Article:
Would you know how to find a missing insurance policy if your loved one passed away?
Independence attorney Sandra Kelly has helped many a client deal with a loved one’s financial matters after they passed away, but when her own father died of cancer she realized he left some unanswered questions.
“Particularly my brothers were like, ‘You know, I remember him mentioning this policy,’ and we couldn’t find it,” she told Call for Action Reporter Lorrie Taylor.
Kelly was certain there was no such thing as a centralized database for insurance policies but that didn’t stop her from looking.
That’s when she stumbled onto a page at the Ohio Department of Insurance website labeled “Missing Life Insurance Policy Search.”
“I was shocked, I’ve been practicing law over 22 years, I’ve since then talked to a number of probate attorneys that don’t even know this is out there,” said Kelly.
The search page isn’t well publicized and it isn’t easy to find.
The Department lists it under a link entitled, “Consumers… How Do I…”
After clicking on it, visitors will find another link to “Find a Missing Life Insurance Policy.”
It’s on that page where a link can be found to a form.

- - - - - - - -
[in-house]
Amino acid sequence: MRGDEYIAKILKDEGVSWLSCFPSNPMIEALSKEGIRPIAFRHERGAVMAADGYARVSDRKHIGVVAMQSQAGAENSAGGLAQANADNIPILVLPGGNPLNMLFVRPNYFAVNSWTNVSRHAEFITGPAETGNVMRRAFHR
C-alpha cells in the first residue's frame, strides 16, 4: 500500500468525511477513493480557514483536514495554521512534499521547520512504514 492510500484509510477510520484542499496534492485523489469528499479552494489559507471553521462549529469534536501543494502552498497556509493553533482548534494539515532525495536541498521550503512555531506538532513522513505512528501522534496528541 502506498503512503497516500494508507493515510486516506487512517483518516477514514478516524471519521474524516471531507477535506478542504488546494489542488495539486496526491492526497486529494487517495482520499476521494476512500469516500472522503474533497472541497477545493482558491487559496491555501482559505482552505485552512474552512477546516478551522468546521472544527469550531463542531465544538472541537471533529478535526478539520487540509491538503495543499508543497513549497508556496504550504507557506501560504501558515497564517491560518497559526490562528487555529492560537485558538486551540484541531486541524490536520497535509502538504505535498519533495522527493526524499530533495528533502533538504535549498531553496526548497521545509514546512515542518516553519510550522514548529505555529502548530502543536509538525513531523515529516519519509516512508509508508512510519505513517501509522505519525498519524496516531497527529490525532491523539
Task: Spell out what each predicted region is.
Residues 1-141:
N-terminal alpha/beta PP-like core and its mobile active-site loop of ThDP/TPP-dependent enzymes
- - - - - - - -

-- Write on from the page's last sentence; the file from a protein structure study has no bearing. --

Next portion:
After filling it out, the form must be notarized and sent to the Department with a certified copy of the loved one’s death certificate.
“It’s completely free, you don’t have to be the executor or executrix, you can just be a family member,” said Kelly.
The Department of Insurance will then contact insurance companies and ask their representatives to search for any policies sold in the state of Ohio.
“We started getting letters from insurance companies that (said), “Yes, in the 1980s your parents bought this particular policy, it lapsed or it was rolled into this policy.’ It was a great resource,” said Kelly.
It turns out Kelly’s father had purchased life insurance of which no one in the family was aware.
They received a check in the mail a short time later.
“The insurance company does not check death certificates and come to you and say, ‘Oh, your loved one has died and we have $50,000,’” she told Taylor.
What once was lost is found again.
Don’t lose money to which you’re entitled simply because you don’t know it’s there.
by Lorrie Taylor, Fox8 Cleveland, Feb. 13, 2012